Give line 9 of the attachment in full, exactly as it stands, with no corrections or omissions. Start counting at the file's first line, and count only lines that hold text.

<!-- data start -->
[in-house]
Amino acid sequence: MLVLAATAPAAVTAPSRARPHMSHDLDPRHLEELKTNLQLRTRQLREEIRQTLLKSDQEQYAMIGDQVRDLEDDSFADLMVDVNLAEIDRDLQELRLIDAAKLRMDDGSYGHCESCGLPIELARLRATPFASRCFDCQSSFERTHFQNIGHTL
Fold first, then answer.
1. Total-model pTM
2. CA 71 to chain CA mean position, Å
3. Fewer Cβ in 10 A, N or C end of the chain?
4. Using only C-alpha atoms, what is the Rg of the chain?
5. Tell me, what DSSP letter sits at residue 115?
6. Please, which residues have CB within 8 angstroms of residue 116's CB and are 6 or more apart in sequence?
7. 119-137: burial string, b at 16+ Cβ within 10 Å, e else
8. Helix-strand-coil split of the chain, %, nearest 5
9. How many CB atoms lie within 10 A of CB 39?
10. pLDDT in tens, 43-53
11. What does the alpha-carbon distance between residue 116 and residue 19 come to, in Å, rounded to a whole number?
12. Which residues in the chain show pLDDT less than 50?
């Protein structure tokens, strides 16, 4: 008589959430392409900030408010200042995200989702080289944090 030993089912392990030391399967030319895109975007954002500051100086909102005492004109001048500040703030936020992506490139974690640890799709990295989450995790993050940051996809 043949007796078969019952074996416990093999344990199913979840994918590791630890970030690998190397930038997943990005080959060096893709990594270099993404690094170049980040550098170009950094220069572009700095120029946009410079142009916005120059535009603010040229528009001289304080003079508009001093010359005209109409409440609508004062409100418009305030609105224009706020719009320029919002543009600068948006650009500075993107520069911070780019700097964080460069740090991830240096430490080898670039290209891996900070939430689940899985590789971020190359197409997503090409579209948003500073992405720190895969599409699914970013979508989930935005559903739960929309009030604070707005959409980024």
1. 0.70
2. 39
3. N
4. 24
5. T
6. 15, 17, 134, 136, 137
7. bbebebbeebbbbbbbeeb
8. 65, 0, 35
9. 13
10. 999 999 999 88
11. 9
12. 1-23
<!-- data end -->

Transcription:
6. Please, which residues have CB within 8 angstroms of residue 116's CB and are 6 or more apart in sequence?